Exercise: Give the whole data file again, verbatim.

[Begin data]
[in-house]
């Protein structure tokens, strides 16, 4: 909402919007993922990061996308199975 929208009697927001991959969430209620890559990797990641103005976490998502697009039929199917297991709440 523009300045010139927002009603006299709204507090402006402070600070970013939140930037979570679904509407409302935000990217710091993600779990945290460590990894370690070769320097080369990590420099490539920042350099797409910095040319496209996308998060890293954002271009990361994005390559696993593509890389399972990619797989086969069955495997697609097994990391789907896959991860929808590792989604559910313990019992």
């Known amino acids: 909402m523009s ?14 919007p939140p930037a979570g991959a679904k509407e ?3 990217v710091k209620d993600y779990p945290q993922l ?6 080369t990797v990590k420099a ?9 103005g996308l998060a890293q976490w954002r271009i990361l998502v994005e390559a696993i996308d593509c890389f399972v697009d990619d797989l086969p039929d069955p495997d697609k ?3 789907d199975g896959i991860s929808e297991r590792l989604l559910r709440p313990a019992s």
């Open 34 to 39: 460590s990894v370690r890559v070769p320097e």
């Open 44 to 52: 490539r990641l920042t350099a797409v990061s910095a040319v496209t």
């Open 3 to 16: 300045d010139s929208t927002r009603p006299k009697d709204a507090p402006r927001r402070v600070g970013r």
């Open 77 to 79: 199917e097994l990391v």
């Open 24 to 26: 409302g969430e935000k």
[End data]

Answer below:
[in-house]
């Protein structure tokens, strides 16, 4: 909402919007993922990061996308199975 929208009697927001991959969430209620890559990797990641103005976490998502697009039929199917297991709440 523009300045010139927002009603006299709204507090402006402070600070970013939140930037979570679904509407409302935000990217710091993600779990945290460590990894370690070769320097080369990590420099490539920042350099797409910095040319496209996308998060890293954002271009990361994005390559696993593509890389399972990619797989086969069955495997697609097994990391789907896959991860929808590792989604559910313990019992």
């Known amino acids: 909402m523009s ?14 919007p939140p930037a979570g991959a679904k509407e ?3 990217v710091k209620d993600y779990p945290q993922l ?6 080369t990797v990590k420099a ?9 103005g996308l998060a890293q976490w954002r271009i990361l998502v994005e390559a696993i996308d593509c890389f399972v697009d990619d797989l086969p039929d069955p495997d697609k ?3 789907d199975g896959i991860s929808e297991r590792l989604l559910r709440p313990a019992s």
């Open 34 to 39: 460590s990894v370690r890559v070769p320097e």
């Open 44 to 52: 490539r990641l920042t350099a797409v990061s910095a040319v496209t």
């Open 3 to 16: 300045d010139s929208t927002r009603p006299k009697d709204a507090p402006r927001r402070v600070g970013r």
């Open 77 to 79: 199917e097994l990391v």
């Open 24 to 26: 409302g969430e935000k």